It wasn't that long ago that I felt like I was going to lose my mind on a daily basis. I'd count the minutes until I expected my husband to be home, and then he'd walk in the door and I'd hand him a kid, or escape to my room to breathe (or cry) for five minutes. I felt overwhelmed most of the time, unable to get everything done, unable to meet every need, unable to stay bubbly and joyful and not turn into a dragon lady by 5 o'clock.
My sister just had her third sweet baby a couple of weeks ago. Her oldest is three. So, they are really in the thick of it. Wading through the adjustment to three really little littles is hard. My brother in law said to me the other day, "We think of you guys every night around bed time and wonder how you did it." The truth is, not very well. I loathed bed time, knowing it would be chaos every night. Knowing someone, if not many someones (including myself), would have a meltdown before it was all said and done. Pleading with them to stay in bed. Definitely yelling on a regular basis. Feeling defeated almost every night.
But as I sat there talking to him about those feelings, remembering feeling like you have almost no control over the situation, I realized how much has changed so quickly. Jim Gaffigan has said, "People ask what it's like having four kids. I say, 'Imagine you're drowning and someone hands you a baby.'" It's funny because it's true. But I think it's even true for one kid, two kids, three kids... adding another kid to the mix is always a huge, hard adjustment. But there are beautiful moments of grace where you step back, zoom out, and feel overwhelmingly blessed and grateful and undeserving of these precious gifts you've been given. Granted, it's usually when they're sleeping, but still.
And here is my encouragement to all of you wading through it: it gets easier. The workload isn't less, the needs don't go away, but they change. And best of all, you change. I can honestly say we are at a really sweet time in this journey of parenting. There are hard days. I still don't relish bedtime, but it's not a chore. My older kids (5, 5 and 8) have their hard moments, but I feel equipped to handle them. And when I don't feel equipped, I've learned to ask for help. My oldest has reached an age of reason, where we can hash things out in productive conversation, rather than tears and tantrums. Things rolls off my back in ways they didn't used to, probably because I just don't have the time. I won't die if they don't eat my dinner. I have come to grips with the fact that my furniture is going to be scratched and dented for the next ten years. Clothes will have irreversible stains. My kids are going to fight. But in the big scheme of things, I don't really care. I get little flashes now and then, of an empty house, tiny laundry piles, undefiled furniture, and honestly? I get a little misty eyed. My job isn't to hover over them and micromanage, my job is to encourage them in the right direction. To help them deal with (or provide) the consequences for bad decisions, celebrate their accomplishments, lift them up when they're feeling down, challenge them when they could make better choices, ask for forgiveness when I fail (daily), LOVE them.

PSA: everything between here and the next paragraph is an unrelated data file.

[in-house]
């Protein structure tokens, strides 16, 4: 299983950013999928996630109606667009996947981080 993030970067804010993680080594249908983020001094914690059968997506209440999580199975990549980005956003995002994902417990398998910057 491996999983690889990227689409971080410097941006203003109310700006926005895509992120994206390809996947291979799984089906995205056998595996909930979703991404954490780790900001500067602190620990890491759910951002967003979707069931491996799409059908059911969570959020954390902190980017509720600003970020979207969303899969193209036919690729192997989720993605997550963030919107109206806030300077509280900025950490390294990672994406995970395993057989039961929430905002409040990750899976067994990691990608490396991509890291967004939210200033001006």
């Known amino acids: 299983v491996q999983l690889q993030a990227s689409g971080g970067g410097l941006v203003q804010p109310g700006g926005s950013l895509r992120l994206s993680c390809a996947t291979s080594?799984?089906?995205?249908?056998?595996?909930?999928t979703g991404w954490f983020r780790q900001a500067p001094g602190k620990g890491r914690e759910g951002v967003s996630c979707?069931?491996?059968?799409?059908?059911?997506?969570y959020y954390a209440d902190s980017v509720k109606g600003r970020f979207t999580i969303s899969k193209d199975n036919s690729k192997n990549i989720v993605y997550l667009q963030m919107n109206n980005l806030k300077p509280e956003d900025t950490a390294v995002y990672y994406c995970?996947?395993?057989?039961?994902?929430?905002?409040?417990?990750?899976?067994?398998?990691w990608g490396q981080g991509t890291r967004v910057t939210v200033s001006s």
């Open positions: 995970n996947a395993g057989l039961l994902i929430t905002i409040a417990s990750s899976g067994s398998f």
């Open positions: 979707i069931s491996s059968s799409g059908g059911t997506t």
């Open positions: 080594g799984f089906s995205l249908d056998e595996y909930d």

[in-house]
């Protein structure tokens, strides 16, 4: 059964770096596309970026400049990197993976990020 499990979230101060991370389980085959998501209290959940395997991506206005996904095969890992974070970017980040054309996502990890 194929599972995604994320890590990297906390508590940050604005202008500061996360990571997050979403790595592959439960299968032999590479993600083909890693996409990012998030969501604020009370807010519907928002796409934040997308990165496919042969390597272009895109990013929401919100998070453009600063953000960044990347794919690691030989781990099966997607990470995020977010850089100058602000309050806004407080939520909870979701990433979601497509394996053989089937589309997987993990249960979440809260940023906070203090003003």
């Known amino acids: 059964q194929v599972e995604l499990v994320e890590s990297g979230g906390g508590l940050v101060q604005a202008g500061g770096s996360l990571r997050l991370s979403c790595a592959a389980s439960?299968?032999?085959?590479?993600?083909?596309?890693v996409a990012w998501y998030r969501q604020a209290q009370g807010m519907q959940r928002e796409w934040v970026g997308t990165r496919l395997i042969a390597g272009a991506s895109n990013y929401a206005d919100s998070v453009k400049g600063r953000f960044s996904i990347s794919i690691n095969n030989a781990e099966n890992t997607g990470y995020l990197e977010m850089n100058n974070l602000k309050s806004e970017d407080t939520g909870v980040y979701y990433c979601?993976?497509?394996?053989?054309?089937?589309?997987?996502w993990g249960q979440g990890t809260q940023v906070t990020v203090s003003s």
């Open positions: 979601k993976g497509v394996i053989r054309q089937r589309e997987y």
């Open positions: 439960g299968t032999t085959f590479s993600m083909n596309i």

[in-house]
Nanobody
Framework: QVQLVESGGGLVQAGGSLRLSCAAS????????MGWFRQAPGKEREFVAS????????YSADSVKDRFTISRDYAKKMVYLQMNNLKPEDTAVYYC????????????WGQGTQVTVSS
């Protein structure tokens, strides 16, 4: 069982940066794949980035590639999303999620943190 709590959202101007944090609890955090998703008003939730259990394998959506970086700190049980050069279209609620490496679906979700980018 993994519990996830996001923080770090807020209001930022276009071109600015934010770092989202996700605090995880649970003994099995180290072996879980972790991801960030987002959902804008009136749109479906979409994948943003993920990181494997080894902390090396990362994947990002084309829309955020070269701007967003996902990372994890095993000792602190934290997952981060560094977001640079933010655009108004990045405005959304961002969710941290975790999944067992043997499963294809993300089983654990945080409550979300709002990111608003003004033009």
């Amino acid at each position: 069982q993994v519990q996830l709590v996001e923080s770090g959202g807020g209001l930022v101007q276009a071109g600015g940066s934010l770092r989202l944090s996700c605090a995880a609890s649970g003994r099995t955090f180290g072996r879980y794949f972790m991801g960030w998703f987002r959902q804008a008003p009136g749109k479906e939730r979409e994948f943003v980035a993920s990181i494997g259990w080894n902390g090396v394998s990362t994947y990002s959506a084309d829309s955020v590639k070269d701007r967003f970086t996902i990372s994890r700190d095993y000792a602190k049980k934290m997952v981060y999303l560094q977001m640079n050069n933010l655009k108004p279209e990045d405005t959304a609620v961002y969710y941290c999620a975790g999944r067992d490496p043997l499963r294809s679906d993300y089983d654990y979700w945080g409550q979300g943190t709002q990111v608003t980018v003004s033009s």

Every day is not blissful joy. I still get frustrated and yell and plead with them. But that's the exception, not the rule. And while it felt like those hard days, feeling like I was drowning, would never end, I blinked and everything was different. "The days are long, but the years are short." I feel like I'm beginning to get that now. I'm probably going to be that annoying lady at Target that looks at a young mom trying to wrangle three unruly kids and tells her to enjoy every minute. (I will NEVER EVER tell her she has her hands full.) But really, it does go so quickly. I know there will be new challenges ahead. Teenagers, you guys, I know.
So, take heart, mamas. It will get better. Before you know it, you'll look back and realize you got this after all. In the meantime, pour yourself a glass of something good, give yourself a whole lot of grace, and know you are not alone.